Out here in Northern California during the winter months, Meyer Lemons are dripping off the trees like perfect golden globes. You can recognize a Meyer Lemon tree from far away because their coloring is such a strong and deep shade of yellow and the smell of their blossoms is pungent and plentiful. Currently, my house is overflowing with bowls of Meyer Lemons from various friend’s trees and I can’t bear to let these delicies go to waste so I am always looking for new Meyer Lemon recipes.
Thanks to Danielle Selber for sharing her thoughts about her experiences volunteering with Birthright Israel NEXT’s Harvest to Harvest campaign!
I love to cook. If you’re looking for me, you can usually find me in the kitchen, stirring away at homemade tomato sauce or a big pot of soup, adding ingredients that don’t quite match just for the thrill of it. I often serve Shabbat dinner for twenty, and I really like chopping all those onions. I bake cookies for my Hebrew school students regularly (to the chagrin of their parents), and my boss has nicknamed me “Kugels Lebowski” for my uncanny ability to make a festive kugel for any random occasion. For my last birthday, I received six cookbooks.
Thanks to Rabbi Eliav Bock, Director of Ramah Outdoor Adventure (Ramah Outdoors) for sharing these thoughts related to Passover, his community in Colorado and the work of the Jewish Food Movement. Read on for his Ten Plagues Facing Our Modern Way of Eating and Relating to Food and the complimentary Dayenu that you can adapt for your own seders…
It is the month of Nissan and spring is in the air. If I was living on a farm here in Colorado, I would be plowing the fields, spreading manure, and getting ready to plant our first spring vegetables. Sadly I do not live in such close proximity with the land. Instead, I live in a house in Metro Denver and would not be able to fit a tractor through the door that leads to my back yard.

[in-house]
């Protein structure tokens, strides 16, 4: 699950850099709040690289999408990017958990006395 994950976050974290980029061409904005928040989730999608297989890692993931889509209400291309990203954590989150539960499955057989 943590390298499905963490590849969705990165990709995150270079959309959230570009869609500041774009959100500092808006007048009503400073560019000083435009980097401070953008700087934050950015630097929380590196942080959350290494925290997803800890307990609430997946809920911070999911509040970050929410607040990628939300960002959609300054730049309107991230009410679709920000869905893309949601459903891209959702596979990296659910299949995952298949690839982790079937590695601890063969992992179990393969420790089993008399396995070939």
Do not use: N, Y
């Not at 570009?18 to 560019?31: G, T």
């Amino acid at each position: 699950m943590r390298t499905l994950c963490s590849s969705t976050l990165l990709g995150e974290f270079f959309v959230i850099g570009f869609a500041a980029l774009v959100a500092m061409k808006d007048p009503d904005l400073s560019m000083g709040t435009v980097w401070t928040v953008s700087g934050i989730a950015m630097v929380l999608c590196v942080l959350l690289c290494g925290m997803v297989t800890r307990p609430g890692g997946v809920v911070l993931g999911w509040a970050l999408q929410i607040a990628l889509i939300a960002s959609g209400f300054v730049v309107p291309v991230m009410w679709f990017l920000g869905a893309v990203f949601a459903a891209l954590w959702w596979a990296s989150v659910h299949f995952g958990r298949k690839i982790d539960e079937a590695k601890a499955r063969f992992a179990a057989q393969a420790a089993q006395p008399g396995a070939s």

No, this time of year is a time when many of us living urban lives do not even stop and appreciate the effort that farmers throughout the country and throughout the northern hemisphere are making to ensure that we in America have delicious food to eat. (In a future post, I will write about the farmer with whom we are contracting to bring fresh local food to camp. She did spend last week preparing her fields. But more on that in a week or two. . . .)
Sam Kass, White House assistant chef and Food Initiative Coordinator, wore a green tie – it was appropriate since the meeting was on St. Patrick’s Day. Twenty-eight community and faith-based organizations (CFBO) from around the country, including Hazon represented by yours truly, had gathered for a one-day meeting to discuss First Lady Michelle Obama’s ambitious initiative, Let’s Move, to combat childhood obesity in one generation. Kass and Jocelyn Frye, the First Lady’s Policy Director started the day by talking about the meaningful role that faith-based organizations play in their communities. The White House is seeking a comprehensive strategy to tackle the dual problem of hunger and obesity and they see faith-based organizations as uniquely positioned to do this work by allowing children to connect body, mind and spirit. Kass spoke of the need for simple ways for people to transform their lives and to then become leaders for others to make healthy changes, too.
Meet Rachel Tali Kaplan, a young Jewish woman who is farming organically on 2 acres in Georgia. Warm, funny and intelligent, Rachel explores the challenges of farming, her passion for feeding people, and the importance of sustainable agriculture in today’s world. Christine Anthony and Owen Masterson shared this short film with us:
Avi Rubel is the North American Director of Masa Israel Journey, the umbrella organization for immersion programs in Israel for young adults (18-30). When not sending people to Israel, Avi can be found making cheese, bread, kombucha or fermenting or pickling all kinds of goodies in his Brooklyn apartment and recording his adventures on his food blog, Make Cheese Not War. In the weeks after the Hazon Food Conference, he shared some of his thoughts about his experience with Hazon in California.